Short-term supply work is classed as work of two days or fewer but our costs include all teachers who have provided cover, both in the short and long-term.”
Perth and Kinross Council spokesman
A Perth & Kinross Council spokesman said: “Perth & Kinross Council is committed to providing a high-quality education for all of our pupils and young people.
“Education and Children’s Services closely monitor teacher numbers in our schools and take prompt action to fill vacancies when they arise.
“Supply teachers have been used consistently over the years as part of this process and as well as vacancies they provide cover for when teachers are ill, on training, parental leave or any other required absence.
“Short-term supply work is classed as work of two days or fewer but our costs include all teachers who have provided cover, both in the short and long-term.
“Other Local Authorities may not record their costs in the same way.”
Fife Council has spent £17.8 million on supply teachers since 2015.
No figures were provided for the spending to date in the current financial year, however the local authority has spent an average of £3.5 million each year.
The 2018-19 financial year was the costliest for Fife Council, with the local authority spending £3,833,555 on supply teachers in this period.
The Fife region has the most out of the four council areas, with 133 primary schools and 11 secondary schools.
The total pupil roll across the region is 17,953.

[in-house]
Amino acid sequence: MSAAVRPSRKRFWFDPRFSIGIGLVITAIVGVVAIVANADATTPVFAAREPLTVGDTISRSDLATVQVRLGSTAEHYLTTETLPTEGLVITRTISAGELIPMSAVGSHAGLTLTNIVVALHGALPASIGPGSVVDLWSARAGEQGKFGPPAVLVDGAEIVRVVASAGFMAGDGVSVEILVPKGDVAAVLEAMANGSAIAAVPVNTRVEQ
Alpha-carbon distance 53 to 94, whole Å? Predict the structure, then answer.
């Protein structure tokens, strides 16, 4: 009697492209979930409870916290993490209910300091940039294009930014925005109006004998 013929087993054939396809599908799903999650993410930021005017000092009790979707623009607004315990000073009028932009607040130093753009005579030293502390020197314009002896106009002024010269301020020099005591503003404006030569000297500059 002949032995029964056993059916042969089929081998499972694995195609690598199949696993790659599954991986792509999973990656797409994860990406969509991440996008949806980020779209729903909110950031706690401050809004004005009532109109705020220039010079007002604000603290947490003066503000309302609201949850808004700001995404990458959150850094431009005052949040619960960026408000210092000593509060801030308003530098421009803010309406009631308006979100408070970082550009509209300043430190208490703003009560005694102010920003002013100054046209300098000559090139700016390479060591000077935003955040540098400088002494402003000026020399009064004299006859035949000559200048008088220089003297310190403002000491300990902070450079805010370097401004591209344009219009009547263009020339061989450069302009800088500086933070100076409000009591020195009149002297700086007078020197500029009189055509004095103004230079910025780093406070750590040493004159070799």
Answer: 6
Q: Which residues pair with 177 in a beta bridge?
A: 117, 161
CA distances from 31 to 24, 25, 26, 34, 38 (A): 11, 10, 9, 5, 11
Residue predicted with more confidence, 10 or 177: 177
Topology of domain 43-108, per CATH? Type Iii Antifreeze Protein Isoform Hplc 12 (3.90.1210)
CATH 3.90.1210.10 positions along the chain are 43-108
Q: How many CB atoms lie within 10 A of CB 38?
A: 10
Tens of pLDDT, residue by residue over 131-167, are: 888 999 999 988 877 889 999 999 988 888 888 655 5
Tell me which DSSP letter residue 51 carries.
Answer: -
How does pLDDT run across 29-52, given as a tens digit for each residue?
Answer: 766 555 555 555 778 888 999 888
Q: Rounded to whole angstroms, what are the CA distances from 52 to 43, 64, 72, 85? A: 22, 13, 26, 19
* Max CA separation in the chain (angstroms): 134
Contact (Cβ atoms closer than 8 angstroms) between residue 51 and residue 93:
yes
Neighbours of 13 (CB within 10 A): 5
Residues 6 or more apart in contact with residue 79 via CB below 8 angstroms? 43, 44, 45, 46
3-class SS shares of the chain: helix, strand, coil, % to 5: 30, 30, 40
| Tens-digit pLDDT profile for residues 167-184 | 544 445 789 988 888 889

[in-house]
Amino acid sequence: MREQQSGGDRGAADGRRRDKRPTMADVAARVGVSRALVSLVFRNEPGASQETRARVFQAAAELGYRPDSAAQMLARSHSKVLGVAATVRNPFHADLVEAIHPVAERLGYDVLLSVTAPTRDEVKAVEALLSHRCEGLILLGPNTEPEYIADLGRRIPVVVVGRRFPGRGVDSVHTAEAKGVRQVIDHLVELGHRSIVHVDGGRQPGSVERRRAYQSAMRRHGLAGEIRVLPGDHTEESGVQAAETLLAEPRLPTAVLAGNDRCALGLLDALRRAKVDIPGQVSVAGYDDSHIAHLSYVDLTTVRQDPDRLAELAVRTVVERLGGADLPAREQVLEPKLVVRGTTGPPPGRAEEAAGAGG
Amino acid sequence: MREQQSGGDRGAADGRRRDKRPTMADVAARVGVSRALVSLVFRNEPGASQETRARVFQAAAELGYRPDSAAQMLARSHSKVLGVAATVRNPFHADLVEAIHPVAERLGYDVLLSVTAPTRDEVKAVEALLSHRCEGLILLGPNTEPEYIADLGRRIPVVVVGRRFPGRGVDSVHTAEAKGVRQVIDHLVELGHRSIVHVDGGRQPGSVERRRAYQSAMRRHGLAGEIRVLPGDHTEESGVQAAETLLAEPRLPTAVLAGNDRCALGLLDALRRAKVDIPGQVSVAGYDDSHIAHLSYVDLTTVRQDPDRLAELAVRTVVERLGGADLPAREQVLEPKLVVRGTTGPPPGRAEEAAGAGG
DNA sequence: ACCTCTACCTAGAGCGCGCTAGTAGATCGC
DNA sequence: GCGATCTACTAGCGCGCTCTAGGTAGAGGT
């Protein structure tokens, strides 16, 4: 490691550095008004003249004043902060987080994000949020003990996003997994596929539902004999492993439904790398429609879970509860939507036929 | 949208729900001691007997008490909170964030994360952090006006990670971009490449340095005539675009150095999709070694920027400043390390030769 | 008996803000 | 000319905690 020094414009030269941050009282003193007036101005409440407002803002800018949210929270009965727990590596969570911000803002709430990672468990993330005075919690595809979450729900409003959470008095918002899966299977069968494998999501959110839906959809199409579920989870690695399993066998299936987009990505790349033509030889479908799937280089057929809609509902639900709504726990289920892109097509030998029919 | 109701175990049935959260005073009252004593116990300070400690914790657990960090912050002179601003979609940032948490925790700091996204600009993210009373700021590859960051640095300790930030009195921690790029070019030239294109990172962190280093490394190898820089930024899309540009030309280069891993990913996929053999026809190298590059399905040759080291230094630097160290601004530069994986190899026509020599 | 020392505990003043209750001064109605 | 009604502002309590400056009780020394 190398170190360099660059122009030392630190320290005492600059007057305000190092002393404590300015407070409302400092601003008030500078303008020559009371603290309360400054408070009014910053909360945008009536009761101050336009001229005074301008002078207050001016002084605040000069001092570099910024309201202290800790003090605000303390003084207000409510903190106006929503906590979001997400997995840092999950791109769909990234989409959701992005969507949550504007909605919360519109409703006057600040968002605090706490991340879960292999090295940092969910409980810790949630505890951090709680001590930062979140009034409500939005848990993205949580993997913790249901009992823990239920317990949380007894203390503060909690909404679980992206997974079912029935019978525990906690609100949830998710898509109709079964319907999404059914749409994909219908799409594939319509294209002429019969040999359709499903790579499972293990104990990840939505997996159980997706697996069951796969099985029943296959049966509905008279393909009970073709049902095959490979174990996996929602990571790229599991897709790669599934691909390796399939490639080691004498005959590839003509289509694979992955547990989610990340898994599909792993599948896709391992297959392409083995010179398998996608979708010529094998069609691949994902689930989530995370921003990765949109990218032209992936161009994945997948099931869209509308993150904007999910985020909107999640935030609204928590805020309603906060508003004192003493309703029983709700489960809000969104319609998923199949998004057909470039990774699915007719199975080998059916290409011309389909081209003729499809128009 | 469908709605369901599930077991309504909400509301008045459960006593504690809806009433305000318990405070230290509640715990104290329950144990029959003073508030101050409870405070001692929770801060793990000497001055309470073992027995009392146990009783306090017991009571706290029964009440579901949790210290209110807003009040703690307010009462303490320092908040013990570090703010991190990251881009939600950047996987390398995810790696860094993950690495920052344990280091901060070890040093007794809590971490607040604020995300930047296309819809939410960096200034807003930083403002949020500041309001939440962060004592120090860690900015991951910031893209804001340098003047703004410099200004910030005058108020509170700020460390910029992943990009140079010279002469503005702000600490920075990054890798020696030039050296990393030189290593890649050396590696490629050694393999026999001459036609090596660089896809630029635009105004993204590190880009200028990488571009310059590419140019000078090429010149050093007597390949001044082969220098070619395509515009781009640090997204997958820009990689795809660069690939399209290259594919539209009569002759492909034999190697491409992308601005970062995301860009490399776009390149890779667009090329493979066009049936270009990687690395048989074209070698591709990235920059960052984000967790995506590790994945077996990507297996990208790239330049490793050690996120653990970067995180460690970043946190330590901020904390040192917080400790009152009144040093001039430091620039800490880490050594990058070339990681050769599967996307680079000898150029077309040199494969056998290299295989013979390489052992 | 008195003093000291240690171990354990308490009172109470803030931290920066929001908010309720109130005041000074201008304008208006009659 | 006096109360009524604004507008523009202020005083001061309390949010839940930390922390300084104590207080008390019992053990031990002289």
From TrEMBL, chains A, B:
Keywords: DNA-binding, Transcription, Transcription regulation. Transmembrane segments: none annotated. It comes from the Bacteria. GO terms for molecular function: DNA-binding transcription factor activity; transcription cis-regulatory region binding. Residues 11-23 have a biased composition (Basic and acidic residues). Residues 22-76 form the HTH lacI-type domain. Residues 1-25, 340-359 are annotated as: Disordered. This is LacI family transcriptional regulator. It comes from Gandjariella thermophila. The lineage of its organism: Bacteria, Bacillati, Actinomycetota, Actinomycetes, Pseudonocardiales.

Shelagh McLean, head of Education and Children’s Services at the council, confirmed that the council uses supply teachers to cover for absences of all kinds in Fife’s schools.
She said: “This is a regular investment in the running of our schools and equates to around 70 full time posts across over 170 educational establishments.”
“Hindrance to their education”
Reacting to the figures, Scottish Conservative north-east MSP Bill Bowman took aim at the Scottish Government’s efforts to recruit new teachers.
He said: “Local authorities are being forced to plug the gaps caused by the SNP’s inability to recruit and retain more teachers.
“These figures are an illustration of the current recruitment and retention crisis facing our education sector under the Scottish Government’s watch.
“The lack of a permanent teacher over a prolonged period can be a hindrance to their education.
“But coming in as a supply teacher is also difficult and they deserve praise for helping to fill these empty spaces in schools.
“In order to make teaching an attractive career option in areas such as Perth and Dundee, issues of severe workload and declining pay must be addressed by the SNP Government.
“It’s a credit to the efforts of Angus Council for managing to buck the trend across Scotland.”
A Scottish Government spokeswoman said: “The number of full time equivalent teachers is at its highest since 2008.
“Since the start of the pandemic our additional funding has led to 1,400 teachers and over 200 support staff being appointed.
“We recently allocated an additional £45 million to councils to support schools and families.
“That funding, which is sufficient to fund 2,000 additional teachers, can be used to recruit additional staff. Recruitment and deployment of teaching staff are for councils to determine based on local needs.
“The current teachers’ pay deal delivered a 13% rise over three years, while we are creating new opportunities for teachers to develop their careers or for people to enter the profession.”